I could point to a few different initiatives I shepherd during my time on the local governing board, namely helping to initiate a task force to examine the future of our solid waste management and recycling programs. I served as chair of the task force. Now, 18 months later, the governing board is preparing to vote on the comprehensive recommendations and plan that was the result of that task force. But I'm also proud of my organization of a local Women's March in January 2017. The Women's March was a national movement after the last U.S. presidential election. The idea spread to most major cities and eventually smaller towns. It is risky to undertake anything politically charged in our small town. But in talking with a few friends, there seemed to be interest and almost a need to have a local march, there just wasn't anyone interested in initiating it. I stepped out into the open, made a few basic arrangements and it materialized. In our community of 1,500, we had about 300 people join the march that day. They spanned most demographics of the community. It remained a positive and energetic event even during a blizzard. The amount of participation was overwhelming. Three hundred people were willing to join the march; they just needed someone to step up and be the first person to say, "Let's do this." I think it improved the community because it brought a recognition between neighbors that many of us might have more in common than we realized. It also gave us a connection to the "outside world" when it's normally easy to become entrenched in our little corner of it.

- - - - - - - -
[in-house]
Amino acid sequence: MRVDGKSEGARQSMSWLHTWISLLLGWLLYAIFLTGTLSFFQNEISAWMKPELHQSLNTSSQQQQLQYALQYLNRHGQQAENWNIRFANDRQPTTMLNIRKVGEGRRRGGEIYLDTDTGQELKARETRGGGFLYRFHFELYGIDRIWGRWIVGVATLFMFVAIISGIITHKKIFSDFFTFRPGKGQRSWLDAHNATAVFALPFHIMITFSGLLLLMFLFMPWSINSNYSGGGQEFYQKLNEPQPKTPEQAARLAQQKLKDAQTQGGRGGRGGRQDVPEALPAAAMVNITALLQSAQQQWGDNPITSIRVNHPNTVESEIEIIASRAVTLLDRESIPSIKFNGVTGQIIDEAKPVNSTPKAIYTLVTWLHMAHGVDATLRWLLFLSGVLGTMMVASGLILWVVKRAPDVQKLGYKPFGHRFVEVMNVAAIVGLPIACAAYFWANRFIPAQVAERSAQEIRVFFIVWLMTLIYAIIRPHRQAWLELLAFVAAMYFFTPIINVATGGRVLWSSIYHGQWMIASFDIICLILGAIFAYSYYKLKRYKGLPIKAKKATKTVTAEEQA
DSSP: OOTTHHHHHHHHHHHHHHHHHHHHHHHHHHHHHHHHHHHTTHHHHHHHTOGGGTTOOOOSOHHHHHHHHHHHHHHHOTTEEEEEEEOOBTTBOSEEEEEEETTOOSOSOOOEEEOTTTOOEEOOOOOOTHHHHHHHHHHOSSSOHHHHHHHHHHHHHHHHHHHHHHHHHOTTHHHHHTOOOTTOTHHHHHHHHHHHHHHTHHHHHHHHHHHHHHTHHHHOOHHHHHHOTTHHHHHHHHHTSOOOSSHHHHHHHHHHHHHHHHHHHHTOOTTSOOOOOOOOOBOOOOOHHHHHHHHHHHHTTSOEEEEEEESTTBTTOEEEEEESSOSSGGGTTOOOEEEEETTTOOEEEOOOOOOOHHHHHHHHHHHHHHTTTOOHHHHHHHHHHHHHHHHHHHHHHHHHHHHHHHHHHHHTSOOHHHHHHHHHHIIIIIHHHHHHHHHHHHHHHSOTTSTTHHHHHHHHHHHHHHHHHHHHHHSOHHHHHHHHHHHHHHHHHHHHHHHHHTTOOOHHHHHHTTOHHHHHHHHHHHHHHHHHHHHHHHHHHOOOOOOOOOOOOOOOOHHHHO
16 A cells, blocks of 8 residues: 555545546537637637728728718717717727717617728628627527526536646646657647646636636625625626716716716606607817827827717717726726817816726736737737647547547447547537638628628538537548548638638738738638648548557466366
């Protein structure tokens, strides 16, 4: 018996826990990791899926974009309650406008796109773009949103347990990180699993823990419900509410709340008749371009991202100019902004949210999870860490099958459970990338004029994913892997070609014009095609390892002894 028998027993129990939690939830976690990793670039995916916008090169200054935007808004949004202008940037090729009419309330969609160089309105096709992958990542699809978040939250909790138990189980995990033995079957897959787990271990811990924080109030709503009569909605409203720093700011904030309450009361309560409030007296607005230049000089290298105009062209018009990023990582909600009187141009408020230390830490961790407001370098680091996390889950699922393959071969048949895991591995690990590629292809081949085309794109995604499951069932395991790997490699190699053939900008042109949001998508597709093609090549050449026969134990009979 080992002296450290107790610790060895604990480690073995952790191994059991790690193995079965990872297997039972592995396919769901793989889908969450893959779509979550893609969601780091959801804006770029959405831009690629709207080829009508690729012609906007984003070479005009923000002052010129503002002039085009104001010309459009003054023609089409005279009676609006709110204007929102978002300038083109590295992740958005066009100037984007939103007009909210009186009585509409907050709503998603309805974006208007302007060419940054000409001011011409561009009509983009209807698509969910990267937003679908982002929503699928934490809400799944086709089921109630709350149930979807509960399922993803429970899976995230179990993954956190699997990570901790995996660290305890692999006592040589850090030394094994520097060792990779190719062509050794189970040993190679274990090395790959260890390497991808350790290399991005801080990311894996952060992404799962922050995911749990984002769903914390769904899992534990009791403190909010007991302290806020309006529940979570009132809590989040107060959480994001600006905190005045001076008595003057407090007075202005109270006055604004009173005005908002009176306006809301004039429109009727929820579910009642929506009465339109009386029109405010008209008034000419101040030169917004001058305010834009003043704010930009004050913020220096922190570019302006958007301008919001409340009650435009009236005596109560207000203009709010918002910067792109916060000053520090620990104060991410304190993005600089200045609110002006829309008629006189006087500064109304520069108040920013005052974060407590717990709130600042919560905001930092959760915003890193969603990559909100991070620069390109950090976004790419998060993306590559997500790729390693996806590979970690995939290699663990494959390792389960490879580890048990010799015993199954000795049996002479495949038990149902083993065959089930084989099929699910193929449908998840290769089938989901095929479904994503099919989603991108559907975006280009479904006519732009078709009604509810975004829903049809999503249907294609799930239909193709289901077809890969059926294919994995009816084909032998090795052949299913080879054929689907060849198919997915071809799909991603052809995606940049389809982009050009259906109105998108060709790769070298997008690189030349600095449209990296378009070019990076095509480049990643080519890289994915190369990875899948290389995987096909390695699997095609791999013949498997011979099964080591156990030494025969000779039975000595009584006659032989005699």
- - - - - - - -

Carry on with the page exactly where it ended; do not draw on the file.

What problems are you trying to solve?
The first issue we are addressing is providing information and education about economic development. We commissioned a baseline data report, the first comprehensive data compilation for our community in a decade. We are close to finishing our one- and five-year action plans for addressing specific economic development initiatives. These include an outreach campaign to engage the public in discussions about what economic development is. Other initiatives include addressing affordable housing, outlook and planning for future resource extraction activities in our community and working with our local government to explore ideas to address increasing utility and power costs.
What do you need to learn how to do in order to solve those problems?